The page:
Van der Graaff views the solution to current access problems as much more straightforward. And, unsurprisingly, he sees cost as the main barrier to drugs reaching the patient.
“What you need within all pricing systems is a very simple set of general rules that say something like, anything that is priced below a certain level can have a temporary position on the list of reimbursed products. If you want more complete reimbursement, then you have to prove more. When you have lots of specialised solutions, an HTA/ payer organisation has to build some sort of reference set of decisions to make sure that your overall reimbursement policy is equitable and it’s not better for some manufacturers and products than for others.
The increased percentage of rapid approval decisions by the European Medicines Agency (EMA) are also stymieing reimbursement, he adds. “That generally means that the drugs registered today are less suitable for full reimbursement than they used to be, but the pricing of those products does not reflect that fact. You tend to have all sorts of juvenile products that are priced at an adult level”; a situation he describes as “highly unsatisfactory”. This means that often payers are paying for future promises, rather than the ability of a drug today.
Van der Graaff believes these so-called “juvenile” drugs should be far cheaper – “the more promising a product is dubbed, the less it is actually proven, and the less health care systems should pay for it while they remain unsure about performance.”
He uses recent controversy over the reimbursement of new therapies for cystic fibrosis to illustrate his point; ground-breaking but extremely costly, the delayed reimbursement of these agents caused controversy in many European member states. “We have had several products reach the market for which doctors claim the performance on all sorts of organ systems is terrific and these products should therefore be reimbursed. However, when you look at the clinical data what you see is a few per cent extra in the amount of air people can expire in one second and fewer hospitalisations for exacerbations. That is all the performance data there is at the moment – all those other things might actually happen and prove themselves in the future but to date that has not happened and the pricing of the product does not reflect that.”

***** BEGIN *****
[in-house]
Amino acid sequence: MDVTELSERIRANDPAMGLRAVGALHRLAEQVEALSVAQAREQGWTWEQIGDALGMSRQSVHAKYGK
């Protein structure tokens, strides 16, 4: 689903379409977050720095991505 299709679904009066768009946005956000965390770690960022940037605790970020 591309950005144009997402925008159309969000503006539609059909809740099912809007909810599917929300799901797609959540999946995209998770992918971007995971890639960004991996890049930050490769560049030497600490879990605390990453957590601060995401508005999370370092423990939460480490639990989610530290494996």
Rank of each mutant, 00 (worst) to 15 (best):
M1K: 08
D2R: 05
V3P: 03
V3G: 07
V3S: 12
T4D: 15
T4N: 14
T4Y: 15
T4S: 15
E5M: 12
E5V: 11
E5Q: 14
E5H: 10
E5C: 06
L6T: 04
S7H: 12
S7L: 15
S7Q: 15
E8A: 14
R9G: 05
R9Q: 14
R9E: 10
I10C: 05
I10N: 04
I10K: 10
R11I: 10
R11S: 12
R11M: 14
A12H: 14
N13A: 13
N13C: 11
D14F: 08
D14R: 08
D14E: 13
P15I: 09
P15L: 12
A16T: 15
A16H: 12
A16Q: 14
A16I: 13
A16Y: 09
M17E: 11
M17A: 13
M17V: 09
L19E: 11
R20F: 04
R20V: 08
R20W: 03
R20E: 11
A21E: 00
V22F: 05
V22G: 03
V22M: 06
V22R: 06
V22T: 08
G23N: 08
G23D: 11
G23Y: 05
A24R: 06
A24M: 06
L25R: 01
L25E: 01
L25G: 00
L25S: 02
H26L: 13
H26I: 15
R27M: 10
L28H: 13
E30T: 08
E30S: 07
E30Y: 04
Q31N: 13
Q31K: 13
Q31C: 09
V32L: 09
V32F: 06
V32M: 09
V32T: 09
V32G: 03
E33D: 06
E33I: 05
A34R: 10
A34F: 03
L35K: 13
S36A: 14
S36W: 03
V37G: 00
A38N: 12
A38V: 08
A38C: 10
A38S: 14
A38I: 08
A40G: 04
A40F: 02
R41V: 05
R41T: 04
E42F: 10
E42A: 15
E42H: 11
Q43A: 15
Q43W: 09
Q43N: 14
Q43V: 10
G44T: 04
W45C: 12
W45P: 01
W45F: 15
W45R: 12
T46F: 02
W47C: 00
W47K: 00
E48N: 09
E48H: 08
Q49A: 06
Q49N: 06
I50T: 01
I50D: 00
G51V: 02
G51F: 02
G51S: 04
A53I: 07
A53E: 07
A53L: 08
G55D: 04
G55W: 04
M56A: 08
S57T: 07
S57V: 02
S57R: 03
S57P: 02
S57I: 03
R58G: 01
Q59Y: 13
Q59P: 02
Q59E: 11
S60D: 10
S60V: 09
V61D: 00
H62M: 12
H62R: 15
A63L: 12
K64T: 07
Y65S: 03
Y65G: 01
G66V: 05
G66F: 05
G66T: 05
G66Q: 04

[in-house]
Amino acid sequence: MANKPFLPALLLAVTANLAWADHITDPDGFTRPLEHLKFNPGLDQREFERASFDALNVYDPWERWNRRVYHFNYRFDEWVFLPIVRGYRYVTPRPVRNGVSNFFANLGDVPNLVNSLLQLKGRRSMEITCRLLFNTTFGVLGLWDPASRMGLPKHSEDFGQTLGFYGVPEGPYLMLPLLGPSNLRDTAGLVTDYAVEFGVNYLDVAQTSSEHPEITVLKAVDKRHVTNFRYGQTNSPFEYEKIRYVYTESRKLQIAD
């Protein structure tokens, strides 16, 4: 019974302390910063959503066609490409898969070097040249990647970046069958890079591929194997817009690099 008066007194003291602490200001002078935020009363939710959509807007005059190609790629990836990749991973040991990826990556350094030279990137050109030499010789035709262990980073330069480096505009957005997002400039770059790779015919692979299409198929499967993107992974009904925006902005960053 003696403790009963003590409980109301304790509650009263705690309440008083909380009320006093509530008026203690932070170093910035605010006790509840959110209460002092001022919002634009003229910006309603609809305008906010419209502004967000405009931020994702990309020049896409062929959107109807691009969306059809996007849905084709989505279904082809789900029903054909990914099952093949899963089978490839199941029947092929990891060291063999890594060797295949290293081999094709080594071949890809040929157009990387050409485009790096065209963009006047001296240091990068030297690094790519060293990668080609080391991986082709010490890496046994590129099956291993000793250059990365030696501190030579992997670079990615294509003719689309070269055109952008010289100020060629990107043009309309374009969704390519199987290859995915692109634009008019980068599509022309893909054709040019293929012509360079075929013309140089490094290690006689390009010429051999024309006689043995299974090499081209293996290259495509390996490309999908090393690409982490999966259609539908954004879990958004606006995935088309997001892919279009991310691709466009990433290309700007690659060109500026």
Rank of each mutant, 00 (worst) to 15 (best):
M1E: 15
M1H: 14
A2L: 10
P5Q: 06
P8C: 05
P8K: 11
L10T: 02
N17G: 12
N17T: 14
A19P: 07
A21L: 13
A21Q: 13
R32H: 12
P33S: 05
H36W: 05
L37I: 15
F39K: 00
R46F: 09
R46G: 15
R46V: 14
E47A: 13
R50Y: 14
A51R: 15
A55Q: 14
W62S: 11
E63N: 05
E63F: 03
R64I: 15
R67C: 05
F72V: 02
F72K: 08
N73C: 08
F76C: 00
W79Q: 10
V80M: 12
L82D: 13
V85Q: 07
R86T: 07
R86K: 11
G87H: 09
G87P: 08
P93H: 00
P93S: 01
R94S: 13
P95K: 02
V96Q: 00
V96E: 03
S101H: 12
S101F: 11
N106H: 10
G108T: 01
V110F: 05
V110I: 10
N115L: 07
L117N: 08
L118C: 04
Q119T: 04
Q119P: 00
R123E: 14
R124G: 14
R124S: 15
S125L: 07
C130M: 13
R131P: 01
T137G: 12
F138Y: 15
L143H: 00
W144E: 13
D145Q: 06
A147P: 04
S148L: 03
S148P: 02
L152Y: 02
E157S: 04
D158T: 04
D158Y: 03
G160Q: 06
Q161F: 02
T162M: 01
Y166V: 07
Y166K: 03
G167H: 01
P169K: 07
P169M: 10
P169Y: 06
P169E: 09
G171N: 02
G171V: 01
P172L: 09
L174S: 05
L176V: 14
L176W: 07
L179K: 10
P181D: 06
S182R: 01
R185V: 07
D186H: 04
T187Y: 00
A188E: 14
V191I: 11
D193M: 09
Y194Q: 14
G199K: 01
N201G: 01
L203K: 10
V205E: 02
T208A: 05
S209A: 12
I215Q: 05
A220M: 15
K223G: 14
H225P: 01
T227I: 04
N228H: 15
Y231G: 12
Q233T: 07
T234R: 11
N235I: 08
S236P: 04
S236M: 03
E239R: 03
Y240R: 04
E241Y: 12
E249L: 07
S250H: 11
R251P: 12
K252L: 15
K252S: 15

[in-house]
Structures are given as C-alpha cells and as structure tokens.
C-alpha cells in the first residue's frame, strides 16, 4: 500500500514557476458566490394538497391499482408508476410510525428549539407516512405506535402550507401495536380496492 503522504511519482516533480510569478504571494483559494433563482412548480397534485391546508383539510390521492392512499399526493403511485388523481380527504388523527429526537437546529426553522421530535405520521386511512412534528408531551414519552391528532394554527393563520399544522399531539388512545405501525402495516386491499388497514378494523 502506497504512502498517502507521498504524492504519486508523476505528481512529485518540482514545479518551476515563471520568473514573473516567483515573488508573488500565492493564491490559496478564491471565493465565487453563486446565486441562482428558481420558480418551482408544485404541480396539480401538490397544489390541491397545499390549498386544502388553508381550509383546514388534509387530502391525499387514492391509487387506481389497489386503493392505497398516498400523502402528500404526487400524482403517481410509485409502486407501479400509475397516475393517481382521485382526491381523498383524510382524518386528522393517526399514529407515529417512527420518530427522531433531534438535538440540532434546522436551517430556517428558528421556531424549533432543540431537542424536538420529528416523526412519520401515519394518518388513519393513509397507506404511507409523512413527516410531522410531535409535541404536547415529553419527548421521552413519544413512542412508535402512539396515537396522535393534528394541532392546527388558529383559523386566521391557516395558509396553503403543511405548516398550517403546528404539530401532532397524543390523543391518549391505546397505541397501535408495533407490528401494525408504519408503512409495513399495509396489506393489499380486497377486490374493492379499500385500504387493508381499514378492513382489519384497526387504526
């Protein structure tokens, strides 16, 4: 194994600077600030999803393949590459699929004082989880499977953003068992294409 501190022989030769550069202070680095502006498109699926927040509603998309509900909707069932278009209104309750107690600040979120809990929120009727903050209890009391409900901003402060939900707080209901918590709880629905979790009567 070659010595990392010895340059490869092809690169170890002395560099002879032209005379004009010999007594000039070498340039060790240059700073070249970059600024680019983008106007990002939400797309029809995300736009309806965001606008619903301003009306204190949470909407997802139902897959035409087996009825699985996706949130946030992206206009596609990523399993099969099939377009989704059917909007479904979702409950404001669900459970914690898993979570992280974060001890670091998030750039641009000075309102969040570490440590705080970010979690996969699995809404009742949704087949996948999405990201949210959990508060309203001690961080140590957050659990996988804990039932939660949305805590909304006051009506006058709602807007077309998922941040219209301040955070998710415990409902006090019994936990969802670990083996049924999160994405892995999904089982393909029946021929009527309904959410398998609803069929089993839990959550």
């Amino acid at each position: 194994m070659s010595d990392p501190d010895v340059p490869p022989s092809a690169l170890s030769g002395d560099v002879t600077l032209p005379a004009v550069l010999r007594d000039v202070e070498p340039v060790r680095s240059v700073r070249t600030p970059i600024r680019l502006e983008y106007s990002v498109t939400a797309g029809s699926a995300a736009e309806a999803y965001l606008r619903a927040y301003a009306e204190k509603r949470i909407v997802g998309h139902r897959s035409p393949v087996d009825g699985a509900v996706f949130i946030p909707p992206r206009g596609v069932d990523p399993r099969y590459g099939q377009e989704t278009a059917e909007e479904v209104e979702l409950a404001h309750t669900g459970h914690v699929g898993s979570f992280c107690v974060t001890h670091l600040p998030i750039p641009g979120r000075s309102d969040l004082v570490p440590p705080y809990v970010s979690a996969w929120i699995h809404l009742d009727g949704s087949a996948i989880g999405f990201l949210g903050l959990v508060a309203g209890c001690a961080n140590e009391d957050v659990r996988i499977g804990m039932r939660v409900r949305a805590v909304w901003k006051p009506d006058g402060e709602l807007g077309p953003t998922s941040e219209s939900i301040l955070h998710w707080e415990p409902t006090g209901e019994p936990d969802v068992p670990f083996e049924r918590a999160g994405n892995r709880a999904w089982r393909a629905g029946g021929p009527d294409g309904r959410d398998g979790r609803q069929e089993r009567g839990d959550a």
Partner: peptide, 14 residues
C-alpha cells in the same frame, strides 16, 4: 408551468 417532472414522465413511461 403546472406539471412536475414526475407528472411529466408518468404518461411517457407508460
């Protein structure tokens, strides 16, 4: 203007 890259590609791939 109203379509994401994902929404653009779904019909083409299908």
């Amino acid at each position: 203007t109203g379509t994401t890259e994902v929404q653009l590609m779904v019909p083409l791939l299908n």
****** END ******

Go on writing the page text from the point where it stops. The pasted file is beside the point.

This debate has only recently begun but it is a conversation that van der Graaff sees continuing for many years to come. He believes that a number of health systems will find themselves in significant trouble in the not too distant future as they try to fund more and more innovative therapies. He also agrees that both parties – manufacturer and payer – will have to collaborate in order to come up with new solutions. Bad company practice has tempered his expectations, however. “While bigger more established pharmaceutical companies are making concerted efforts to come up with constructive proposals to improve access, others are abusing their position, particularly those with drugs in monopoly positions.”
It is Van der Graaff’s belief that pricing agreements should in the long run be hashed out at a supra-national level, with European countries cooperating in a bid to get the best deal on new drugs. In fact, the Netherlands teamed up with Belgium, Luxembourg in 2015 to form the Beneluxa collaboration on drug pricing negotiations, and Austria joined last year.
“Too many member states are still attached to their own national systems, so they will not consider creating one big European reimbursement system. The problem will have to get a little bit worse before it gets better – we need to go towards some sort of European system in the end but a consensus on this would take quite some time to develop. In the long-term I see it happening.”
Esther Haik will be sharing her insights at the Real-World Evidence and Access Europe event in April.
Since you're here...
... and value our content, you should sign-up to our newsletter. Sign up here